German actress Renater Küster with a statue of her late husband Dieter Hildebrandt. Photo: DPA

Dead TV star replies to SPD party invite

The Social Democrats (SPD) accidentally invited a dead TV star to attend its summer party. It got a shock when the veteran presenter replied saying, "I can't make it". READ  

Father killed in 'Cold Water Challenge'
The digger tipped over. Photo: DPA

Father killed in 'Cold Water Challenge'

A father died and five of his friends were injured on Tuesday night in western Germany when a digger fell on top of them during a so-called Cold Water Challenge. READ  

Huge Bavarian crop circle puzzles crowds
Raisting crop circle. Photo: DPA

Huge Bavarian crop circle puzzles crowds

A mysterious crop circle in Bavaria has attracted thousands of visitors since it was spotted in a wheat field last week. READ  

German siblings killed by drunk driver in Austria
Photo: DPA

German siblings killed by drunk driver in Austria

A ten-year-old girl and her 21-year-old brother were killed overnight in a road accident on the A1 motorway in Upper Austria, caused by a drunk driver who was driving on the wrong side of the road. READ  

Merkel: Russia sanctions were 'inevitable'
Merkel warned further sanctions could be imposed against Russia. Photo: DPA

Merkel: Russia sanctions were 'inevitable'

Strong sanctions imposed by the EU against Russia over its role in the Ukraine crisis were “inevitable”, Chancellor Angela Merkel claimed on Tuesday night, despite Germany's initial reluctance to get tough on President Vladimir Putin. READ  

Boy's body found in US Ramstein plane
A C-130J at Ramstein air base. Photo: DPA

Boy's body found in US Ramstein plane

The body of an adolescent boy was found in a wheel well of a US military cargo plane after the aircraft landed at Ramstein Air Base in Germany over the weekend, the Pentagon said on Tuesday. READ  

Have Your Say
Should Germany legalize cannabis?
Photo: DPA

Should Germany legalize cannabis?

A New York Times editorial on Sunday called for the US to drop its ban on marijuana, calling the strongly-worded law a "laughing stock". Should Germany follow the US states of Colorado and Washington and legalize recreational use of the drug? READ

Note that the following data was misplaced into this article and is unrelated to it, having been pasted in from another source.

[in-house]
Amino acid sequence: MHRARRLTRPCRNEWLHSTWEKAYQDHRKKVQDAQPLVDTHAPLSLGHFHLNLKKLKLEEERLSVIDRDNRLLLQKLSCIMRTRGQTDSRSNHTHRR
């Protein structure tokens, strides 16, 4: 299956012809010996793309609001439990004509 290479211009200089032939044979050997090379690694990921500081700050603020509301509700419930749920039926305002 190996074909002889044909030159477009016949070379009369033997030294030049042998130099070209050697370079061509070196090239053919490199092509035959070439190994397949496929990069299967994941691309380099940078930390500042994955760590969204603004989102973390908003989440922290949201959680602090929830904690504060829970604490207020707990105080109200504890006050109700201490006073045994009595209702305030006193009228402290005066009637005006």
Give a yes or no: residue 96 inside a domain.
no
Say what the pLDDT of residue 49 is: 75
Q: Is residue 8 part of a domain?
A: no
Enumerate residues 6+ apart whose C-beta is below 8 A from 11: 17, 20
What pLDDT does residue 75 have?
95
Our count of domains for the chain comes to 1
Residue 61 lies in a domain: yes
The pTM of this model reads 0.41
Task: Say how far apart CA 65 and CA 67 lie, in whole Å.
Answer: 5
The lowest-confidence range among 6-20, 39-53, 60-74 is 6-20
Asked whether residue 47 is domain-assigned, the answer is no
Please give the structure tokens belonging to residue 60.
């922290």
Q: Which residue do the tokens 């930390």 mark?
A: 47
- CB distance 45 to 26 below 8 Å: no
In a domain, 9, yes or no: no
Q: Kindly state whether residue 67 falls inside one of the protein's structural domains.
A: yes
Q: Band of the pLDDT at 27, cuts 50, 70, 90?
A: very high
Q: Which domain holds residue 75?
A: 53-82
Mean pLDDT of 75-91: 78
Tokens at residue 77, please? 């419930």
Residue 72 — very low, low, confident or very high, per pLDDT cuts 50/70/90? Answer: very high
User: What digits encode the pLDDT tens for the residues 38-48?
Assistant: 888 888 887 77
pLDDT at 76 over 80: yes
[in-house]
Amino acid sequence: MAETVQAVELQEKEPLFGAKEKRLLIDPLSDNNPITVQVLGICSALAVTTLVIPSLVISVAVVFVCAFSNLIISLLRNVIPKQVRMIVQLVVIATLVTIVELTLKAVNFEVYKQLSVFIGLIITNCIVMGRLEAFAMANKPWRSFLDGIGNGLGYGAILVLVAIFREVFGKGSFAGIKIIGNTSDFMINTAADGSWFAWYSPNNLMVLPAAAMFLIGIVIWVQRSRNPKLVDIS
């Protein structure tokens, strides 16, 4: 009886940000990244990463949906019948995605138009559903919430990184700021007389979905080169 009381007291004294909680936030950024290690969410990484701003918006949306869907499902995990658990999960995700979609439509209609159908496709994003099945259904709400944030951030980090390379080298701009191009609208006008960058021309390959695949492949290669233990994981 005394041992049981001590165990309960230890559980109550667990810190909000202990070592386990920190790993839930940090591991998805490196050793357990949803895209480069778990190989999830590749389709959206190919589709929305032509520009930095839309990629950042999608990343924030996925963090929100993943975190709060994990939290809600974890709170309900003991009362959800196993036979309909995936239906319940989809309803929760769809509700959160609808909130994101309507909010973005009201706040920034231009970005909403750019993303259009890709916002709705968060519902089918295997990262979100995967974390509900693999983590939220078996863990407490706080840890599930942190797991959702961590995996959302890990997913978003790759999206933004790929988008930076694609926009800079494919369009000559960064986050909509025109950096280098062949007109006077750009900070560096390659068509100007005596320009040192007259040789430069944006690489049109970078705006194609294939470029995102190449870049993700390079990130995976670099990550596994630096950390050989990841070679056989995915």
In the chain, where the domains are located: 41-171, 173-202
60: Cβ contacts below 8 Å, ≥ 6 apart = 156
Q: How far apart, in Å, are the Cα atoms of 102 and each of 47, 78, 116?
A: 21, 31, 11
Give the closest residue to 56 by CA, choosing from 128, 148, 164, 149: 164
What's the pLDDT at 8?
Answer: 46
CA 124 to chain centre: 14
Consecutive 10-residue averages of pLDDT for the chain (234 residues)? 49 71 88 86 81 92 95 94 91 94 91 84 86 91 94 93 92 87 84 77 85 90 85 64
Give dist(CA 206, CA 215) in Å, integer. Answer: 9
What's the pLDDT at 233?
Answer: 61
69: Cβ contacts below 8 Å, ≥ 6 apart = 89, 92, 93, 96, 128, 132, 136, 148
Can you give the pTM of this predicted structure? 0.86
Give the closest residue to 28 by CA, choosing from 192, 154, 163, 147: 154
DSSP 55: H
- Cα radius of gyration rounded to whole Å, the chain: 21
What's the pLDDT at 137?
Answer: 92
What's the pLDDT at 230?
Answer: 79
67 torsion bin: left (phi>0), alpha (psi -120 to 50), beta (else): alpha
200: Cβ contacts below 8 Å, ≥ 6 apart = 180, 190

RECEIVE OUR NEWSLETTER AND ALERTS
Photo: DPA
Analysis & Opinion
Have Your Say: Should Germany legalize cannabis?
Photo: DPA
Education
Germany's students fail to graduate in time
Photo: DPA
Gallery
Hamburg harbour lit up in blue
Business & Money
JobTalk: 'Application process is failing'
Photo: Bundesarchiv/Bild 183-S45825
Culture
Germany puts 700,000 WWI docs online
Photo: DPA
Society
This man wants to give all of us €12,000 a year
Photo: DPA
Education
Top university switches master's courses to English
instagram.com/gotzemario
Gallery
Germany's World Cup stars share their holiday photos
Travel
Plans unveiled for bike trail along former Iron Curtain
Photo: DPA
Gallery
The Local List: 12 best words in German
Photo: DPA
Gallery
German Bucket List: How many of these can you tick off?
Photo: Europeana.de 1914 - 1918
Gallery
A German soldier's life behind WWI lines
Education
Raising the bar for law & business in Germany
Photo: DPA
Business & Money
JobTalk: All you need to know about working in Germany
Photo: DPA
Features
The Local List Archive - Your guide to all things German
National
Share news tips with The Local Germany
Sponsored Article
Bilingual school turning education on its head
Sponsored Article
CurrencyFair: Why it pays when making overseas transfers
Latest news from The Local in Austria

More news from Austria at thelocal.at

Latest news from The Local in Switzerland

More news from Switzerland at thelocal.ch

Latest news from The Local in Denmark

More news from Denmark at thelocal.dk

Latest news from The Local in Spain

More news from Spain at thelocal.es

Latest news from The Local in France

More news from France at thelocal.fr

Latest news from The Local in Italy

More news from Italy at thelocal.it

Latest news from The Local in Norway

More news from Norway at thelocal.no

Latest news from The Local in Sweden

More news from Sweden at thelocal.se

3,261
jobs available
Toytown Germany
Germany's English-speaking crowd